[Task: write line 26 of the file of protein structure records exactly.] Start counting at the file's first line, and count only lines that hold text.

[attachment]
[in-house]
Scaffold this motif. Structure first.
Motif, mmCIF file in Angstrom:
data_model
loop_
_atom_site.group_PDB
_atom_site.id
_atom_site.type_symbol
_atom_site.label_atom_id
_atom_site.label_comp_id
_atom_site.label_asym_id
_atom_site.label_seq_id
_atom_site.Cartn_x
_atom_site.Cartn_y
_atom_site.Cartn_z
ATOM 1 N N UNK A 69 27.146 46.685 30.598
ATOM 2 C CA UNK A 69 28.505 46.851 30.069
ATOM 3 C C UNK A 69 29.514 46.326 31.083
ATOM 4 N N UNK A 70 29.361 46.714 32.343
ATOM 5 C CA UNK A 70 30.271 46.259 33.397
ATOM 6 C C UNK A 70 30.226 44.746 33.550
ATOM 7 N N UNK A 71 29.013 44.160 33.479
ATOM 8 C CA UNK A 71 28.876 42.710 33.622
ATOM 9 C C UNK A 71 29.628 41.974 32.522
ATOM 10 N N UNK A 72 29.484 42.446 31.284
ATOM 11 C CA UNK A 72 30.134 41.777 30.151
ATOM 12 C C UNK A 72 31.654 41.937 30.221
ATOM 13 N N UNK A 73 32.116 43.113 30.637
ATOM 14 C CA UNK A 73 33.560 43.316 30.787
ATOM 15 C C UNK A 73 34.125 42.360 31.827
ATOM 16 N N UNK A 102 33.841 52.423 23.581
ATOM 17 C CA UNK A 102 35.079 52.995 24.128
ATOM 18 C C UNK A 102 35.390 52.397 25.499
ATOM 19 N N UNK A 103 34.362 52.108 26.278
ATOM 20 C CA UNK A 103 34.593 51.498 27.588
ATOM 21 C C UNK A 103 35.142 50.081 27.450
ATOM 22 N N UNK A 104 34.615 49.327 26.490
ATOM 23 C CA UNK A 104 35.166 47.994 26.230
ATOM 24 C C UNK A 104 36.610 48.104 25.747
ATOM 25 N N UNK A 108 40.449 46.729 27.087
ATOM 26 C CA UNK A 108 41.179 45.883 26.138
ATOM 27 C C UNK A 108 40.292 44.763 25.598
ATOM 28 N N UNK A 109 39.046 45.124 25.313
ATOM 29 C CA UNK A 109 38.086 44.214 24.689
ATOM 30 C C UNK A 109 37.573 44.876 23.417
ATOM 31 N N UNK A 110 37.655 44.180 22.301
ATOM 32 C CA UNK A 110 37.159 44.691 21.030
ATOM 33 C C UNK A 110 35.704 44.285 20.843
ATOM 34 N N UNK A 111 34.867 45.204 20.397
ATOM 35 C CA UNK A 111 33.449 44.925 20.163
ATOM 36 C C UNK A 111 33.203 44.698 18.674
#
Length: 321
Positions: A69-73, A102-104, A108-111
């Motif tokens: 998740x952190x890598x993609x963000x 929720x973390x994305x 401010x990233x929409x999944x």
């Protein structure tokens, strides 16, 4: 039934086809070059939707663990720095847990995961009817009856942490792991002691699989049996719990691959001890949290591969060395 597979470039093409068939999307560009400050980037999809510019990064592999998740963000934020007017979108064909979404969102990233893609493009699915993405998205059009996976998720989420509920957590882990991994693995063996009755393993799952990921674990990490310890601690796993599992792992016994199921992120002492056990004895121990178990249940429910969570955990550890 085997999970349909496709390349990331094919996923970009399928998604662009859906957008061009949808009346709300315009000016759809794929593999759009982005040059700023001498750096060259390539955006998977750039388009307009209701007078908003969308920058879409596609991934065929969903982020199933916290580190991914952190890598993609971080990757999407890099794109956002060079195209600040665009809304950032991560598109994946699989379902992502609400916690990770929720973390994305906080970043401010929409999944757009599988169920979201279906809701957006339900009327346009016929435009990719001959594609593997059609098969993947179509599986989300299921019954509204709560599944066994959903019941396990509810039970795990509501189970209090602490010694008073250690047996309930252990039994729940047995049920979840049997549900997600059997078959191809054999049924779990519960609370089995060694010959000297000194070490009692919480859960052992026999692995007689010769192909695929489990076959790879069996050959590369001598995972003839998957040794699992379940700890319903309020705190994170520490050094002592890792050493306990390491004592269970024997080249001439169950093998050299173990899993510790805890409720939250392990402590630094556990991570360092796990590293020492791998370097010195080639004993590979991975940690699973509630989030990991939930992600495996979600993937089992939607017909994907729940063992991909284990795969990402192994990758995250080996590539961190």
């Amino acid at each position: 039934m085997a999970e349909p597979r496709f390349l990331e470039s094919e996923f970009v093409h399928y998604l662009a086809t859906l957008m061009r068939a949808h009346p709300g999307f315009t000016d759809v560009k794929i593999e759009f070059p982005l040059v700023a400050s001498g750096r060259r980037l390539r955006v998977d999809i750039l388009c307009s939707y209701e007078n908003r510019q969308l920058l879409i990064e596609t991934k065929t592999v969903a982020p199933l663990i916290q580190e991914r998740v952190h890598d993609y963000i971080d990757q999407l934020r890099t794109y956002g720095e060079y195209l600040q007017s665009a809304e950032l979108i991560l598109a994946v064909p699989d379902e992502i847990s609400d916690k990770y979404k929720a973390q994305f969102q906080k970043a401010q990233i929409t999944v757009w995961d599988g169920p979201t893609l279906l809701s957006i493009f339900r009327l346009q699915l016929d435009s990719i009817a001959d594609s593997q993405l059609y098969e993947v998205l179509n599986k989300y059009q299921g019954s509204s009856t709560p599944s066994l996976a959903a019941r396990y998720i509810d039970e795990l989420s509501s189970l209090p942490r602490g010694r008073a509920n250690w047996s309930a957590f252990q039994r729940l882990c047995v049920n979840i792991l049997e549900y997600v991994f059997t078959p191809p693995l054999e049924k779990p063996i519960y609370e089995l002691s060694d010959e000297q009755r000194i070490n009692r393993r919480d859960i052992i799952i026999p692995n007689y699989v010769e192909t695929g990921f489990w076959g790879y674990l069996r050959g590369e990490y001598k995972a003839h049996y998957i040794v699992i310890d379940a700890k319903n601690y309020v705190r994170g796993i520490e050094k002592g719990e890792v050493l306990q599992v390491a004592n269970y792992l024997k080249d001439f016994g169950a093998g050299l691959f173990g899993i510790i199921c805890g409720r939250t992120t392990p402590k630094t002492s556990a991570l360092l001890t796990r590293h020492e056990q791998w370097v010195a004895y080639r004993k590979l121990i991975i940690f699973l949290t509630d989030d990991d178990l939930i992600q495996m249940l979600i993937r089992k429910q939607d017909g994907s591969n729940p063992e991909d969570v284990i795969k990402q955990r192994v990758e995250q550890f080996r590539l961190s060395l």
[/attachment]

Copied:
ATOM 11 C CA UNK A 72 30.134 41.777 30.151